All about the most common financial mistakes freelancers makes, and practicable actions to avoid them
Freelancing offers tremendous flexibility and creative freedom, making it an appealing career choice for many. However, it also comes with its own set of financial challenges that can trip up even the most talented creative professionals. In this blog post, I will explore some common finance mistakes freelancers make and offer practical advice on how to avoid them. By the end of this article, you’ll be better equipped to manage your finances effectively and thrive as a freelancer.
Disclosure: There are some affiliate links below and I may receive commissions for purchases made through links in this post, but these are all products I highly recommend. I won’t put anything on this page that I haven’t verified and/or personally used.
Dealing with Your Finances as a Creative
As a creative freelancer, you might be more focused on honing your craft than managing your finances. It’s a common pitfall to underestimate the importance of financial stability. While passion for your work is crucial, neglecting your financial responsibilities can lead to problems down the road. Trust me: it will catch up on you, and then you will find yourself fire-fighting and putting band-aids on problems that could have been avoided with a bit of foresight and appropriate planning.
Stick with me, and you’ll have the tools to set up your freelance job’s finances from the get-go, avoiding headaches and trouble down the line.
Let’s do this, friend!
15 Finance Mistakes Freelancers Make
1) Leaving the Bookkeeping to the Last Minute
One of the most significant finance mistakes new freelancers make is procrastinating on bookkeeping. It’s easy to put off recording income and expenses, but this can result in a chaotic financial situation.
To avoid this, set aside regular time for bookkeeping, whether it’s weekly or monthly. Use accounting software or a nicely organised spreadsheet to simplify the process and keep accurate records.
If you feel so inclined, you can use mine!
It’s simple, efficient, effective, and it does all the things you need a cashbook to do. You’ll love it.
2) Making Finance Admin Your Impossible Task
Freelancers often juggle multiple roles, from creating content, to client communication, to provide the actual service of product you are selling. Managing finances can sometimes feel overwhelming, leading to avoidance.
If you feel this, try breaking down financial tasks into smaller, manageable steps: it will make a world of difference. Create a to-do list, set achievable goals, and tackle your financial admin systematically, and set up reminders to do this regularly.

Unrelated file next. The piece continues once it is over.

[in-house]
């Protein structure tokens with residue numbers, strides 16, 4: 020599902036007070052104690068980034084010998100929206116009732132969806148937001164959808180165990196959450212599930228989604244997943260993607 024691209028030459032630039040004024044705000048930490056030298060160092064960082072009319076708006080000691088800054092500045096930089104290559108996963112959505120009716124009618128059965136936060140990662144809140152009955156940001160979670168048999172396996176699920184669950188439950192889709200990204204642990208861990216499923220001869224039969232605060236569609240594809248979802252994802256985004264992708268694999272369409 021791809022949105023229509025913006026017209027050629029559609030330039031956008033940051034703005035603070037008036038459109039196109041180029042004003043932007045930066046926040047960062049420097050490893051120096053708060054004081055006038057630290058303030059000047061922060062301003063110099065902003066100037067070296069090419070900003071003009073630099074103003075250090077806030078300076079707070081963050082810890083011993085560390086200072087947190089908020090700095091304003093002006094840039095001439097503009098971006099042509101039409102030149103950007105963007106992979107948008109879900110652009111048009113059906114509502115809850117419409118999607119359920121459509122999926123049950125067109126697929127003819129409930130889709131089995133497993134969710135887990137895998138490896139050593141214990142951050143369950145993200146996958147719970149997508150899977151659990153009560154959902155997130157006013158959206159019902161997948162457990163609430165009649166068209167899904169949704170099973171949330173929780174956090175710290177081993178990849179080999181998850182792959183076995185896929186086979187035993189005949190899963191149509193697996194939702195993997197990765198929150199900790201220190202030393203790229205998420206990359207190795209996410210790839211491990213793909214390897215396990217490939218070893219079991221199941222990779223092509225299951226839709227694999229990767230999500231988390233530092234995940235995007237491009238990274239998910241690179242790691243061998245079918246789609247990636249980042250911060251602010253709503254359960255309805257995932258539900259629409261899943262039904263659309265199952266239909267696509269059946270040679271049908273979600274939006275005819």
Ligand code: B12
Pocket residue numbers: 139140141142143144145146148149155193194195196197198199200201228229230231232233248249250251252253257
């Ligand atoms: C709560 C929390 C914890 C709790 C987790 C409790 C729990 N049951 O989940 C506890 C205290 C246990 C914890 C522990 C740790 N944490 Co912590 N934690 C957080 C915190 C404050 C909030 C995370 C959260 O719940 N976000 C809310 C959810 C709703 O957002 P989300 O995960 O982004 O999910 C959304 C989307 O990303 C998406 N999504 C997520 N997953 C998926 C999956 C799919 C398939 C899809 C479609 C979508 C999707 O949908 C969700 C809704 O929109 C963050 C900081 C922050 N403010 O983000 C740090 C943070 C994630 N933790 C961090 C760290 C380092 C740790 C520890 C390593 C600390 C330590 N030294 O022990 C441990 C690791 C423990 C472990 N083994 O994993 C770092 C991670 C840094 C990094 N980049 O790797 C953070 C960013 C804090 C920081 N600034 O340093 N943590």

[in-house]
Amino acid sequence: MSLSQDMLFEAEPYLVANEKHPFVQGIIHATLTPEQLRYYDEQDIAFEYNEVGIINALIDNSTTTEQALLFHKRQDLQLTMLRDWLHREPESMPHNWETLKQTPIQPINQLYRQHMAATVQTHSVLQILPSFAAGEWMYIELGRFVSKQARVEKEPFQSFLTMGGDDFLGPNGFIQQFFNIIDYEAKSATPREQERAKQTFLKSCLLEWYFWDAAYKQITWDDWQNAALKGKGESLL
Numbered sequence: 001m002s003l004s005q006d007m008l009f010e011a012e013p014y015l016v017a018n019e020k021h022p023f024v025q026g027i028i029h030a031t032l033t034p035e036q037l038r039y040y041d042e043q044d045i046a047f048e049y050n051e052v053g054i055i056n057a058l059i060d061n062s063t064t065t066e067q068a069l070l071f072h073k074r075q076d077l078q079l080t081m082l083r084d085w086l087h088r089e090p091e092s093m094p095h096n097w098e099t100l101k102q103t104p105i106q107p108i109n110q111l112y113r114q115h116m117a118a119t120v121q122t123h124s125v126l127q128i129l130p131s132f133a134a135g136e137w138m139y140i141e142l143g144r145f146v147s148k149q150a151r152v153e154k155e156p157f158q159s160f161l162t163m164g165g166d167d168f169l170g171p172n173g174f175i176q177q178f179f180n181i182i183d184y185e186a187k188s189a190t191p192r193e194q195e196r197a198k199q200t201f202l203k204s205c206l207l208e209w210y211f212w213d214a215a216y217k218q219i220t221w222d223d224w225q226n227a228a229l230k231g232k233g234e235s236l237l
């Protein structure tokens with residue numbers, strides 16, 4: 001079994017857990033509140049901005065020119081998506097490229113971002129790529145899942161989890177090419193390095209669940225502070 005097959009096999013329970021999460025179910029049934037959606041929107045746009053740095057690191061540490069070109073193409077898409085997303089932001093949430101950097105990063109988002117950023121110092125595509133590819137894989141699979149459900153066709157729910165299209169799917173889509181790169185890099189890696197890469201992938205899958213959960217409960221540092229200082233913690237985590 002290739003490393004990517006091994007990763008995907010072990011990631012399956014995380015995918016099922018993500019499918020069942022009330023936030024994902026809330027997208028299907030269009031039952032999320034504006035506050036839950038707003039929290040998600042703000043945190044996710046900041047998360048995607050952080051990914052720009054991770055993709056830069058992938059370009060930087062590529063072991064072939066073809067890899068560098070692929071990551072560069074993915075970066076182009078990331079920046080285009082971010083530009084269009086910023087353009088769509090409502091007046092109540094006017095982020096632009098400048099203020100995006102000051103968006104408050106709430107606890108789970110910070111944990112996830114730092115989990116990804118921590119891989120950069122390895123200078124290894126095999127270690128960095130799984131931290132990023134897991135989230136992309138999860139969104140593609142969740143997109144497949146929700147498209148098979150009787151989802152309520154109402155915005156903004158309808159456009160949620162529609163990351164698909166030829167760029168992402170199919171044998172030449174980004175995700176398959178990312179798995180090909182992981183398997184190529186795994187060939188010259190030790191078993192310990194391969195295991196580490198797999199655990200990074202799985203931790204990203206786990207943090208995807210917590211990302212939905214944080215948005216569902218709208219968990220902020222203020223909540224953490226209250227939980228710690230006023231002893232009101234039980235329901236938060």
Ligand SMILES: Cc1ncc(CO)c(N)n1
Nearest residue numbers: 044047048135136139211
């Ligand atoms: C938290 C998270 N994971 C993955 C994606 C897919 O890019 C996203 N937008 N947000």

4) Not Having a System to Stick To
Many freelancers lack a consistent financial system. They may mix personal and business finances or fail to allocate funds for taxes and emergencies, or they may keep the important documents and reports all over the place, making it incredibly hard to find what they’re looking for when they need it.
To rectify this, open a separate bank account, set aside a portion of your income for taxes, and create a budget to track your expenses and income. And most importantly, schedule in the time to do the financial admin – I suggest at least once a month (ideally weekly!). Having a clear system in place ensures financial stability and peace of mind.
5) Seeing It as an Enemy
Some freelancers view finances as an adversary, something to be feared and avoided. This mindset can lead to reckless spending, unpaid taxes, and mounting debt.
To shift your perspective, educate yourself about personal finance and freelancing-specific financial matters. Try to see the finances as part of your creative practice, an integral one at that. Having a solid financial foundation is your friend, not an enemy! It will enable you to really show up when you deliver your work, and it will truly set you up for success.
Knowledge is power and your mindset is your vehicle: the more you understand and show up for every aspect of your business, the more confident you’ll become in managing your finances.
6) Not Subscribing to My Email Course
Okay, I admit this section is a bit tongue-in-cheek, but I promise it will serve you well: I created a FREE email course on how to understand and prepare your Self Assessment as a freelancer. Why not give it a go? Again: it’s totally free. Over 6 days, I will send you one email a day explaining how taxation works in the UK, and what you need to do to prepare a STRESS-FREE self assessment.
Check it out!
7) Not Separating Business from Personal Finances
One of the most fundamental financial mistakes freelancers make is failing to keep their business and personal finances separate. Mixing the two can lead to confusion, tax complications, and blurred financial boundaries.